Chemistry, Toxcitiy and Benthic Community Conditions In Sediments Of The San Diego Bay Region. Final Report.
Chemistry, Toxcitiy and Benthic Community Conditions In Sediments Of The San Diego Bay Region. Final Report.
California State Water Resources Control Board; National Oceanic and Atmospheric Administration; California Department of Fish and Game, Marine Pollution Studies Laboratory; Moss Landing Marine Laboratories; University of California, Santa Cruz. 169 pp.
Chimaera carophila (Chondrichthyes: Chimaeriformes: Chimaeridae), a new species of chimaera from New Zealand
Chimaera carophila (Chondrichthyes: Chimaeriformes: Chimaeridae), a new species of chimaera from New Zealand
A new species of chimaeroid, Chimaera carophila sp. nov., is described from 37 specimens collected from deepwater slopes and seamounts around New Zealand. The new species is distinguished from its closest congeners, Chimaera fulva Didier et al. 2008, Chimaera macrospina Didier et al. 2008, and Chimaera obscura Didier et al. 2008, by its uniform pale-brown coloration, geographic distribution, and a combination of morphological characters, including longer dorsal and ventral caudal fin bases, a shorter first dorsal fin height, a shorter dorsal fin spine, and shorter claspers that are divided distally for one-third of their length. Chimaera carophila sp. nov. also can be distinguished from closely related species in New Zealand and Australian waters based on DNA sequence divergence of the NADH2 gene. Comparisons of body size in a large sample of specimens show considerable overlap in character ranges among congeners making species distinctions difficult. New combinations of morphometrics are suggested including ratios of head length to eye length and dorsal spine length to head length, to better distinguish among species of chimaeroids that are similar in overall appearance and size. Also, a key to New Zealand and Australian Chimaera species is provided. © 2015 Rosenstiel School of Marine & Atmospheric Science of the University of Miami., Export Date: 31 July 2015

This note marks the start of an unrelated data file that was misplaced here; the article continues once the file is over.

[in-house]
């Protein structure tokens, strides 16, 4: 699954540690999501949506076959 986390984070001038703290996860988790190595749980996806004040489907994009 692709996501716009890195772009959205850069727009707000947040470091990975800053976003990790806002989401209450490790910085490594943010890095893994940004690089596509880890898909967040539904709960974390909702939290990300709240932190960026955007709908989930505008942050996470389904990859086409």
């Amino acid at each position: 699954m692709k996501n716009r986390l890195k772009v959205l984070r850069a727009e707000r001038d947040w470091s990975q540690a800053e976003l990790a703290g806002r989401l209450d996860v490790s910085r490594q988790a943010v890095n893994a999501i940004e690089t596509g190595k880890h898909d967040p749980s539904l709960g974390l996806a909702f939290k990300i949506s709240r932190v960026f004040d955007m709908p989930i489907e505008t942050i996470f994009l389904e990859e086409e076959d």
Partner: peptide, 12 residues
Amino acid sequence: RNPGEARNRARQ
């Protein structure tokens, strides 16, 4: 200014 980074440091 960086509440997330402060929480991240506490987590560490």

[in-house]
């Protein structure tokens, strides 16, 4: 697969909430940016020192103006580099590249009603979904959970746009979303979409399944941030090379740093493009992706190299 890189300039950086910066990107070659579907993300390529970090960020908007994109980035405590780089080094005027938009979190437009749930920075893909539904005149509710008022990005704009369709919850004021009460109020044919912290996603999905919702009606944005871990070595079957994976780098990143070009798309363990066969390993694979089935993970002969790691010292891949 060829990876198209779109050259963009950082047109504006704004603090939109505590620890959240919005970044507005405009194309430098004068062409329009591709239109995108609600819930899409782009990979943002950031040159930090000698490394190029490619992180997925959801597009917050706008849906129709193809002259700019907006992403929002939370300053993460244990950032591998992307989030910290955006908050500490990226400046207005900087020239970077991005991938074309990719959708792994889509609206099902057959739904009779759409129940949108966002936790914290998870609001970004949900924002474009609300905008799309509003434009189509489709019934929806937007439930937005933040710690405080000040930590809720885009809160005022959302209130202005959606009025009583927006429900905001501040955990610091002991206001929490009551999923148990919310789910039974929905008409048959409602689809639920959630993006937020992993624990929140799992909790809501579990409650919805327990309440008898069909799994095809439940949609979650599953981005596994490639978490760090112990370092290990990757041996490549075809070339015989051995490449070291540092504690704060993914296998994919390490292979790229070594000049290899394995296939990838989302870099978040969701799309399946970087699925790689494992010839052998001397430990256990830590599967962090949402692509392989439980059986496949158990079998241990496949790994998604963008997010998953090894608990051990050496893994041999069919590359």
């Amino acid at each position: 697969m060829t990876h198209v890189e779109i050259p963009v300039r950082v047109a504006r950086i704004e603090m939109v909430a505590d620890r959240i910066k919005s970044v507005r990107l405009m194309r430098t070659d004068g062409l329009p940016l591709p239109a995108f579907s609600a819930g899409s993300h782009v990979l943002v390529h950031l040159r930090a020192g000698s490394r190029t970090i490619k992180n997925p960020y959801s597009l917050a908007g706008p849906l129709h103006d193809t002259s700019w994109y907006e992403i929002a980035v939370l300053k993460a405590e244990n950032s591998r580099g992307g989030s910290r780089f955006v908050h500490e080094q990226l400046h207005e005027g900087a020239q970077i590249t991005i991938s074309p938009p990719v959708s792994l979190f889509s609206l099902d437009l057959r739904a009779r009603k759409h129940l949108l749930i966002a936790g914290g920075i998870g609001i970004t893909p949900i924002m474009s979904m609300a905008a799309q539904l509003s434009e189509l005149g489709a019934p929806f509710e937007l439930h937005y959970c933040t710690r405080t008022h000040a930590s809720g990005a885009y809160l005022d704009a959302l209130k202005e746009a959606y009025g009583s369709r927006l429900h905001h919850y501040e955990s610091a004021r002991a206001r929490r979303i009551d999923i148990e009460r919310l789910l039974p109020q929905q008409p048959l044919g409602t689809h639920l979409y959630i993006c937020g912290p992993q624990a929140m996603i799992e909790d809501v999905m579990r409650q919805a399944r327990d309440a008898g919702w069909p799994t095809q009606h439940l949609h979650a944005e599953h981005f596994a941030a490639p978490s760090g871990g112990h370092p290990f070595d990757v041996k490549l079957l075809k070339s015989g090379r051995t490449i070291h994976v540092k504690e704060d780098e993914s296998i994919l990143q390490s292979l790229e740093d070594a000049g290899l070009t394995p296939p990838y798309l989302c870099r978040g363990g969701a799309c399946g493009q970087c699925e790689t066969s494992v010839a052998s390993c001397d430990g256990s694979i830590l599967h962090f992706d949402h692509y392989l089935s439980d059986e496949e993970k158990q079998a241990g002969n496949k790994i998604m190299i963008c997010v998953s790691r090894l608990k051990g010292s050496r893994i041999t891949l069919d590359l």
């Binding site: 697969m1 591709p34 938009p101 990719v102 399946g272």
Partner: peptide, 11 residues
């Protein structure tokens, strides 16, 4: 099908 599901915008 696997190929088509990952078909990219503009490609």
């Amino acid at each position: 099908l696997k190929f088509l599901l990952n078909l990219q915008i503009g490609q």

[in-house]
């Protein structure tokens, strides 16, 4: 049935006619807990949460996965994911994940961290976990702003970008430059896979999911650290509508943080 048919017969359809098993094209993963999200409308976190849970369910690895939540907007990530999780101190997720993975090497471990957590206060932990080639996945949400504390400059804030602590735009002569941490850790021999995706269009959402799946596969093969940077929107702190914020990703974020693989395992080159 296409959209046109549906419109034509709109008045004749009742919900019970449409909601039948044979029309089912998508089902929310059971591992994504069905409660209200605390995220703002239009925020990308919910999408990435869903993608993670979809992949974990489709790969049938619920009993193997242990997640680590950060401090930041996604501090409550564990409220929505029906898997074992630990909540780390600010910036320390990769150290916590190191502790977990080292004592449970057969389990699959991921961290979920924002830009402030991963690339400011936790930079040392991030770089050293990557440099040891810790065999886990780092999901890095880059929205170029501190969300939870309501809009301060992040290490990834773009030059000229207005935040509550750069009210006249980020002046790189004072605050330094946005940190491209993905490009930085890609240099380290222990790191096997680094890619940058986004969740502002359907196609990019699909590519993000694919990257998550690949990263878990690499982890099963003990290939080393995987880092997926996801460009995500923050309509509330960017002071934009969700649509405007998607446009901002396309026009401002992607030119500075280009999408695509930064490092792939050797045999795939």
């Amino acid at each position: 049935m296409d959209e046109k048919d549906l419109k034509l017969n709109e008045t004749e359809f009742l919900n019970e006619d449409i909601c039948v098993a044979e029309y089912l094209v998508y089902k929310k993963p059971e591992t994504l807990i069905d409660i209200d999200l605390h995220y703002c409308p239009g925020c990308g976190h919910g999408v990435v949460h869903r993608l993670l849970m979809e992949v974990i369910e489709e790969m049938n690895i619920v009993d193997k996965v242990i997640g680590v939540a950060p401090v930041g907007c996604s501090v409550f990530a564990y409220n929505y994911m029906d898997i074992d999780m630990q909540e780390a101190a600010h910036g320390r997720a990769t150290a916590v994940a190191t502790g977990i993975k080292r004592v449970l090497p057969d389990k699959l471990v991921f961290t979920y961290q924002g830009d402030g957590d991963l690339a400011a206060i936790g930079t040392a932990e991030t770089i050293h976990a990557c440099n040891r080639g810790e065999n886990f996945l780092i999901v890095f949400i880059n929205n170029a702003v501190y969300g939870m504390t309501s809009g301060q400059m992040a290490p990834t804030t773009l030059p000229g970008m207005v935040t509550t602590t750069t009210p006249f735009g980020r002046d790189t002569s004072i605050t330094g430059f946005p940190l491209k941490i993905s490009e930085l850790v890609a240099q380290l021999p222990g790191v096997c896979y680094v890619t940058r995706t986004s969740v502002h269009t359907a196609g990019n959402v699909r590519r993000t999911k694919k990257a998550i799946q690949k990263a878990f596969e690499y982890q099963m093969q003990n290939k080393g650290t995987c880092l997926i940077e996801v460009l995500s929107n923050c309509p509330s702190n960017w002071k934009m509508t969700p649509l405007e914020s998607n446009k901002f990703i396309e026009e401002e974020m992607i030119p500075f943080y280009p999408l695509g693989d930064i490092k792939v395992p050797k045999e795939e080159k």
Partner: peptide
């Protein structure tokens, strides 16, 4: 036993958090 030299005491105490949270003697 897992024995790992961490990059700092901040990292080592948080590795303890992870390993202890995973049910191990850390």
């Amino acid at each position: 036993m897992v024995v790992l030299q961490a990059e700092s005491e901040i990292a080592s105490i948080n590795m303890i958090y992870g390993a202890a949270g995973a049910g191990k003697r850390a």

Chimaera notafricana sp. nov. (Chondrichthyes: Chimaeriformes: Chimaeridae), a new species of chimaera from southern Africa
Chimaera notafricana sp. nov. (Chondrichthyes: Chimaeriformes: Chimaeridae), a new species of chimaera from southern Africa
A new species of chimaera, Chimaera notafricana sp. nov., is described from specimens collected off the west and south coasts of southern Africa. The new species is distinguished from its closest congener, the eastern North Atlantic Chimaera monstrosa, by a combination of morphometric characters and coloration: pectoral fin when depressed reaches to origin of pelvic fin base; caudal fin ventral margin terminating slightly posterior to caudal fin dorsal margin insertion; distance from anterior base of dorsal-fin spine to center of supratemporal canal short (6.5-14.8% HDL); pelvic claspers externally trifid and short (12.1-12.3% BDL), divided for distal one-third of length, not extending past distal tip of pelvic fins; uniform blackish brown with dark bluish streaking, precaudal tail with longitudinal light and dark stripes. This new species has a restricted distribution from Lüderitz, Namibia to south of Algoa Bay, Eastern Cape Province, South Africa. Copyright © 2010 Magnolia Press., Fish and Fisheries